My basic vision of the highest and best use for the union is that it should be a sort of craft guild/advocacy group. I believe that one of the greatest failings of the musicians union is that it has very much failed to establish union musicians as a desirable “brand” for music buyers. This is going to involve a bit of quality control on the part of the union (in all the years I’ve been a member I have NEVER been asked to demonstrate my skill level), but we need to get out the message that there IS a real difference, and that buyers get what they pay for…..
Another thing that has gone on in our community is a public venue in the French Market where musicians are being asked to play for free (although they can sell CD’s and other merch) for the “exposure”….well, people die of exposure, and in my opinion, the union should have been all over this in all the media and not shut up about it until it’s stopped. Did they do so? Unfortunately, no….this was a chance to take a stand…..it’s the sort of fight the media absolutely loves…..but where were we?
Here’s another local issue, that probably applies in your town. In New Orleans, musicians (and bartenders, dancers, waiters etc.) are usually paid nightly and in cash. It’s a safe bet that anybody trudging through the French Quarter at 4:00AM with a guitar or other instrument case over their shoulder is probably carrying cash, as well as a valuable instrument and a nice cell phone. Robberies are quite common. Where’s the union on this issue, maybe going to city council meetings calling for increased protection? Nope, they’re nowhere to be found……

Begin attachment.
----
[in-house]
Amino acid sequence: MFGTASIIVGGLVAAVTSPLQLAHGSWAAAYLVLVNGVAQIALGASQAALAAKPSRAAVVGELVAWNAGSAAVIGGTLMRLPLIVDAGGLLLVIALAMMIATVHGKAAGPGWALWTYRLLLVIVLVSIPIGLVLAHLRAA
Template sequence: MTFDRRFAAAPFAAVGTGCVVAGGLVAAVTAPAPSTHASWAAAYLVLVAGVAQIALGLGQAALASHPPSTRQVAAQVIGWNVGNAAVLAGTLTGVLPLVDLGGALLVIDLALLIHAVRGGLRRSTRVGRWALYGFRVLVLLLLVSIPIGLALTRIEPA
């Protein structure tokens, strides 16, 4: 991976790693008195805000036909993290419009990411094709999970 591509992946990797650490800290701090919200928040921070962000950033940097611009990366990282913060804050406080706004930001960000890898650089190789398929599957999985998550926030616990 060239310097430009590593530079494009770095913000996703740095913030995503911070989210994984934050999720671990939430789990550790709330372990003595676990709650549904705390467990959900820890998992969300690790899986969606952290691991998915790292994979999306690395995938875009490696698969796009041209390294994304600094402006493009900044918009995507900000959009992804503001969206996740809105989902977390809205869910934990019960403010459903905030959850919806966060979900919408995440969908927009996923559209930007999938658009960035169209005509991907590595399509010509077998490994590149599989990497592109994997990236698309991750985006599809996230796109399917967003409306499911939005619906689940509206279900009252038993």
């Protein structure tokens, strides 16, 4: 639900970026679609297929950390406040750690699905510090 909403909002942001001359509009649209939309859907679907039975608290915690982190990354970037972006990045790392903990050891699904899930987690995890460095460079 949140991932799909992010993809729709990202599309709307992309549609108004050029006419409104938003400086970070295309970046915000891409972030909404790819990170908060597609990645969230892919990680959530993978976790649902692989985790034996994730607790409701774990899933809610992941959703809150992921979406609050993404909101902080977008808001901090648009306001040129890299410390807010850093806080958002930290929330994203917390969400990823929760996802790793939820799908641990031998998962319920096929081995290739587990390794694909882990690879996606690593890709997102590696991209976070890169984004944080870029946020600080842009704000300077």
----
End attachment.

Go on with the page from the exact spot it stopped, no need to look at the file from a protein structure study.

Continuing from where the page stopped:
We’re extremely fortunate that a group of dedicated individuals has set up and funded a splendid medical clinic to meet the health needs of the professional musical community. Should the union be holding monthly fund raisers to support this? Why not? Do they? No….
Musicians have many, many needs, and there are virtually unlimited opportunities for the union to provide education and assistance (and maybe do a little recruiting and promotion of solidarity in the musical community) by outreach educational programs on topics like instrument insurance, retirement planning, marketing, understanding contracts, forming small corporations for bands, etc. etc. etc Do they do this? No….
I guess I’m hard pressed to find something the union is doing successfully outside of making it extremely difficult to do business with employers through arcane rules and bad attitude. Don’t get me wrong, I want the union to succeed and prosper, and be a resource available to all professionals in the music industry. But right now, I think they’re kinda sorta on the wrong path…..